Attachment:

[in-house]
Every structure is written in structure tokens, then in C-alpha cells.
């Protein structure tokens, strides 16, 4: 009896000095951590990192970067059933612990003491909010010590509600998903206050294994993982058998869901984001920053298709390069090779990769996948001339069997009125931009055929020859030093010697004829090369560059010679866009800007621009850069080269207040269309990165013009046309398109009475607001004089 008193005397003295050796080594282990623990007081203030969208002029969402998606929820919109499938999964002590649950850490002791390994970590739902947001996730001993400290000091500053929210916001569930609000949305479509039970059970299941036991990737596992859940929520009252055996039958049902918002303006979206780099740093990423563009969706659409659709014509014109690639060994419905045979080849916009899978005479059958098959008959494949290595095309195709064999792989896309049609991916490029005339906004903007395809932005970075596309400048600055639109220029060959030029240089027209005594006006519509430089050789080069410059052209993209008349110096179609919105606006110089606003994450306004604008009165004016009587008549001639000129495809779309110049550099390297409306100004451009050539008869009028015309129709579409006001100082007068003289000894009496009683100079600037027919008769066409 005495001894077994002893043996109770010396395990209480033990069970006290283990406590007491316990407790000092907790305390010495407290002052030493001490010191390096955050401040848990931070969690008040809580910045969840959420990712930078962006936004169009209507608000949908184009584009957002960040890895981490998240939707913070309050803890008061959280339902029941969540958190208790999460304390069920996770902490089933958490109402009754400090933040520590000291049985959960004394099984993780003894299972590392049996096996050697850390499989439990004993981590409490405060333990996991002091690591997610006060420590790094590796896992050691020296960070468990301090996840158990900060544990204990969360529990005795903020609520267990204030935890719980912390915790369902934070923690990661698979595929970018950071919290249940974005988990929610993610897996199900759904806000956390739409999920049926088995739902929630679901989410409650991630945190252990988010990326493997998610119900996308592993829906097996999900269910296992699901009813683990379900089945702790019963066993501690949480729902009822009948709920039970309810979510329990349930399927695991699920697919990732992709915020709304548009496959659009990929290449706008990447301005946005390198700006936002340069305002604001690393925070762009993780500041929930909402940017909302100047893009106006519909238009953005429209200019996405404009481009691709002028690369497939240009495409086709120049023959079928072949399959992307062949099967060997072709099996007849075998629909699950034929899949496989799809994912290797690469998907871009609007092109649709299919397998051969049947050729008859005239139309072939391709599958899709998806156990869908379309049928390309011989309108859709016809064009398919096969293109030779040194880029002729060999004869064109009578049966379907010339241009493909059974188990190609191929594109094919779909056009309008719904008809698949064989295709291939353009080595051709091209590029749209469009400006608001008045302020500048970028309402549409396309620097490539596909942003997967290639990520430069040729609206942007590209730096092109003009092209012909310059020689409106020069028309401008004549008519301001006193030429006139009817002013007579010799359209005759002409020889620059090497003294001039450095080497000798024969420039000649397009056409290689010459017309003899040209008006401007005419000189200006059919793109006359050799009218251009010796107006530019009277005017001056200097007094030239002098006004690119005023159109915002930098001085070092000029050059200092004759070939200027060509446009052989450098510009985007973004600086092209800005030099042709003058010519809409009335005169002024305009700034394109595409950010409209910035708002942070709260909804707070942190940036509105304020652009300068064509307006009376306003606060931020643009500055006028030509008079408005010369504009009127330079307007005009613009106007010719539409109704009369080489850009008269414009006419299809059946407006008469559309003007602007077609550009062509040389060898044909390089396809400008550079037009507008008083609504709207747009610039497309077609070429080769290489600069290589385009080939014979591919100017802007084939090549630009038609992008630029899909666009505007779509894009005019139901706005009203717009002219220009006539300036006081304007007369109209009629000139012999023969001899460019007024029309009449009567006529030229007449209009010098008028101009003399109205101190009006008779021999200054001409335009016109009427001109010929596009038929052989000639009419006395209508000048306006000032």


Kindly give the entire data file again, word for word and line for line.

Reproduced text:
[in-house]
Every structure is written in structure tokens, then in C-alpha cells.
């Protein structure tokens, strides 16, 4: 009896000095951590990192970067059933612990003491909010010590509600998903206050294994993982058998869901984001920053298709390069090779990769996948001339069997009125931009055929020859030093010697004829090369560059010679866009800007621009850069080269207040269309990165013009046309398109009475607001004089 008193005397003295050796080594282990623990007081203030969208002029969402998606929820919109499938999964002590649950850490002791390994970590739902947001996730001993400290000091500053929210916001569930609000949305479509039970059970299941036991990737596992859940929520009252055996039958049902918002303006979206780099740093990423563009969706659409659709014509014109690639060994419905045979080849916009899978005479059958098959008959494949290595095309195709064999792989896309049609991916490029005339906004903007395809932005970075596309400048600055639109220029060959030029240089027209005594006006519509430089050789080069410059052209993209008349110096179609919105606006110089606003994450306004604008009165004016009587008549001639000129495809779309110049550099390297409306100004451009050539008869009028015309129709579409006001100082007068003289000894009496009683100079600037027919008769066409 005495001894077994002893043996109770010396395990209480033990069970006290283990406590007491316990407790000092907790305390010495407290002052030493001490010191390096955050401040848990931070969690008040809580910045969840959420990712930078962006936004169009209507608000949908184009584009957002960040890895981490998240939707913070309050803890008061959280339902029941969540958190208790999460304390069920996770902490089933958490109402009754400090933040520590000291049985959960004394099984993780003894299972590392049996096996050697850390499989439990004993981590409490405060333990996991002091690591997610006060420590790094590796896992050691020296960070468990301090996840158990900060544990204990969360529990005795903020609520267990204030935890719980912390915790369902934070923690990661698979595929970018950071919290249940974005988990929610993610897996199900759904806000956390739409999920049926088995739902929630679901989410409650991630945190252990988010990326493997998610119900996308592993829906097996999900269910296992699901009813683990379900089945702790019963066993501690949480729902009822009948709920039970309810979510329990349930399927695991699920697919990732992709915020709304548009496959659009990929290449706008990447301005946005390198700006936002340069305002604001690393925070762009993780500041929930909402940017909302100047893009106006519909238009953005429209200019996405404009481009691709002028690369497939240009495409086709120049023959079928072949399959992307062949099967060997072709099996007849075998629909699950034929899949496989799809994912290797690469998907871009609007092109649709299919397998051969049947050729008859005239139309072939391709599958899709998806156990869908379309049928390309011989309108859709016809064009398919096969293109030779040194880029002729060999004869064109009578049966379907010339241009493909059974188990190609191929594109094919779909056009309008719904008809698949064989295709291939353009080595051709091209590029749209469009400006608001008045302020500048970028309402549409396309620097490539596909942003997967290639990520430069040729609206942007590209730096092109003009092209012909310059020689409106020069028309401008004549008519301001006193030429006139009817002013007579010799359209005759002409020889620059090497003294001039450095080497000798024969420039000649397009056409290689010459017309003899040209008006401007005419000189200006059919793109006359050799009218251009010796107006530019009277005017001056200097007094030239002098006004690119005023159109915002930098001085070092000029050059200092004759070939200027060509446009052989450098510009985007973004600086092209800005030099042709003058010519809409009335005169002024305009700034394109595409950010409209910035708002942070709260909804707070942190940036509105304020652009300068064509307006009376306003606060931020643009500055006028030509008079408005010369504009009127330079307007005009613009106007010719539409109704009369080489850009008269414009006419299809059946407006008469559309003007602007077609550009062509040389060898044909390089396809400008550079037009507008008083609504709207747009610039497309077609070429080769290489600069290589385009080939014979591919100017802007084939090549630009038609992008630029899909666009505007779509894009005019139901706005009203717009002219220009006539300036006081304007007369109209009629000139012999023969001899460019007024029309009449009567006529030229007449209009010098008028101009003399109205101190009006008779021999200054001409335009016109009427001109010929596009038929052989000639009419006395209508000048306006000032």